Catch Fish with
For anyone unfamiliar with the site always check the FRESHWATER, SALTWATER and TACK-TICS pages. The Saltwater page now extends back as a record of over several years of (mostly) sea fishing and may be a useful guide as to when to fish. The Freshwater stuff is also up to date now. I keep adding to both. These pages are effectively my diary and the latest will usually be about fishing in the previous day or two. As you see I also add the odd piece from my friends and correspondents if I've not been doing much. The Tactics pages which are chiefly 'how I do it' plus a bit of science are also updated regularly and (I think) worth a read (the earlier ones are mostly tackle and 'how to do it' stuff).
Not big grayling.
After a couple of successful sessions float fishing maggots for grayling I decided to try a different tactic in the hope of catching something bigger. It worked, but not quite as I'd hoped.
I rigged up my grayling rod with a simple fixed paternoster set up using a 7g bomb as weight and a 2kg mono link, about 30cm in length, to my size 12 hook. I walked through the muddy field to thr river and wandered on downstream until I came to a suitable grayling swim. It was one where Nigel and I have recently caught some decent grayling on trotted maggots so I was optimistic. I cast out and rolled the weight round in the current. After half-an-hour of casting and rolling - nothing! The river looked good, perhaps the water was a bit murky but I didn't expect it to put fish off - quite the reverse since I was using worm as bait.
"Try another place Mike!" I thought; so I reeled in and walked a little way to another nice grayling glide. Again half-an-hour without a nibble. This was getting ridiculous. By now it was beginning to get rather gloomy so I opted for one last move to try and tempt a fish before I had to pack in. I scrabbled in the box and picked out my biggest worm. On it went and I swung the gear out into a beautiful glide, just the spot for a big grayling I thought. As the line swung round in the current I felt a tap, tap, tap. Strike! And I was in. The little rod bowed over and the fish held its station in the flow. My spirits rose as I had visions of a monster grayling but my hopes were dashed as the clutch began to scream and line poured off the spool. Clearly this was no grayling.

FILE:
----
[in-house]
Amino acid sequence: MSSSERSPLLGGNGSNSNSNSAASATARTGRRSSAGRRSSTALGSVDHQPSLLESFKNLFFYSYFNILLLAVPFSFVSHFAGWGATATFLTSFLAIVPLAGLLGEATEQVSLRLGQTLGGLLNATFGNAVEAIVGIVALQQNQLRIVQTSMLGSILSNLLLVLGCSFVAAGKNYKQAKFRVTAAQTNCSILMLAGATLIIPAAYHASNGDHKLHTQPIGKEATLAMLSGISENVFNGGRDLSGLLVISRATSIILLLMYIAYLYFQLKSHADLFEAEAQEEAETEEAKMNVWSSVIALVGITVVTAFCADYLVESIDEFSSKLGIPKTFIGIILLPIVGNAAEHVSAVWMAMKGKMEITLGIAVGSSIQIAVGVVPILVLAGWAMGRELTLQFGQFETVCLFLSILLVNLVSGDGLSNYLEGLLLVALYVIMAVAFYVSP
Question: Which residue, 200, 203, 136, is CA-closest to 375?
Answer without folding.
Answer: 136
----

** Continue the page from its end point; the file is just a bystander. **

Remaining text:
Five minutes of give and take passed before I had a glimpse of what was on the line. As the fish rolled it showed a big, red-brown flank - salmon! What a pain. Of course I don't mind catching salmon in season but this wasn't what I was after. As I played the fish I slipped the camera cord onto my wrist and snapped a few pictures as and when the chance arose. It took me a further five minutes before I could pursuade the 5kg salmon to slide into my net. I grabbed the pliers and removed the little hook from the lip of the fish before allowing it to swim out of the meshes and back to its lie in the river. All part and parcel of fishing but I shall have to wait until next time for my big grayling.
If you have any comments or questions about fish, methods, tactics or 'what have you!' get in touch with me by sending an E-MAIL to - firstname.lastname@example.org
It's a salmon - not exactly what I wanted.
In the net and ready to be released..